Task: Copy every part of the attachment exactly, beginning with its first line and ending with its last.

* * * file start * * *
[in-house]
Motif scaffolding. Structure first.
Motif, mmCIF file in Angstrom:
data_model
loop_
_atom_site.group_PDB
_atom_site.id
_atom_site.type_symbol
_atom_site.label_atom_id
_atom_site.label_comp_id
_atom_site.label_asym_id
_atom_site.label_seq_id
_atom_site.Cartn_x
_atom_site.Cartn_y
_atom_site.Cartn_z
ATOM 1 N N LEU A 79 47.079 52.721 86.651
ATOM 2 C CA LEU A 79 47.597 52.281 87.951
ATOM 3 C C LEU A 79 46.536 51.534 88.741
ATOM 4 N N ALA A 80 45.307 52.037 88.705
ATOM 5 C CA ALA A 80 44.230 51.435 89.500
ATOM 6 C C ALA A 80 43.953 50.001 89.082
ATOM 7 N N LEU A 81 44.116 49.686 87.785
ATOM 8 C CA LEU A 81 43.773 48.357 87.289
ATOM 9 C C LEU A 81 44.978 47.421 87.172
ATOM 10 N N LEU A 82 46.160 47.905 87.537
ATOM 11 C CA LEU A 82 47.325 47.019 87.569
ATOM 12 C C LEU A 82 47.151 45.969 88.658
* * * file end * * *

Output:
[in-house]
Motif scaffolding. Structure first.
Motif, mmCIF file in Angstrom:
data_model
loop_
_atom_site.group_PDB
_atom_site.id
_atom_site.type_symbol
_atom_site.label_atom_id
_atom_site.label_comp_id
_atom_site.label_asym_id
_atom_site.label_seq_id
_atom_site.Cartn_x
_atom_site.Cartn_y
_atom_site.Cartn_z
ATOM 1 N N LEU A 79 47.079 52.721 86.651
ATOM 2 C CA LEU A 79 47.597 52.281 87.951
ATOM 3 C C LEU A 79 46.536 51.534 88.741
ATOM 4 N N ALA A 80 45.307 52.037 88.705
ATOM 5 C CA ALA A 80 44.230 51.435 89.500
ATOM 6 C C ALA A 80 43.953 50.001 89.082
ATOM 7 N N LEU A 81 44.116 49.686 87.785
ATOM 8 C CA LEU A 81 43.773 48.357 87.289
ATOM 9 C C LEU A 81 44.978 47.421 87.172
ATOM 10 N N LEU A 82 46.160 47.905 87.537
ATOM 11 C CA LEU A 82 47.325 47.019 87.569
ATOM 12 C C LEU A 82 47.151 45.969 88.658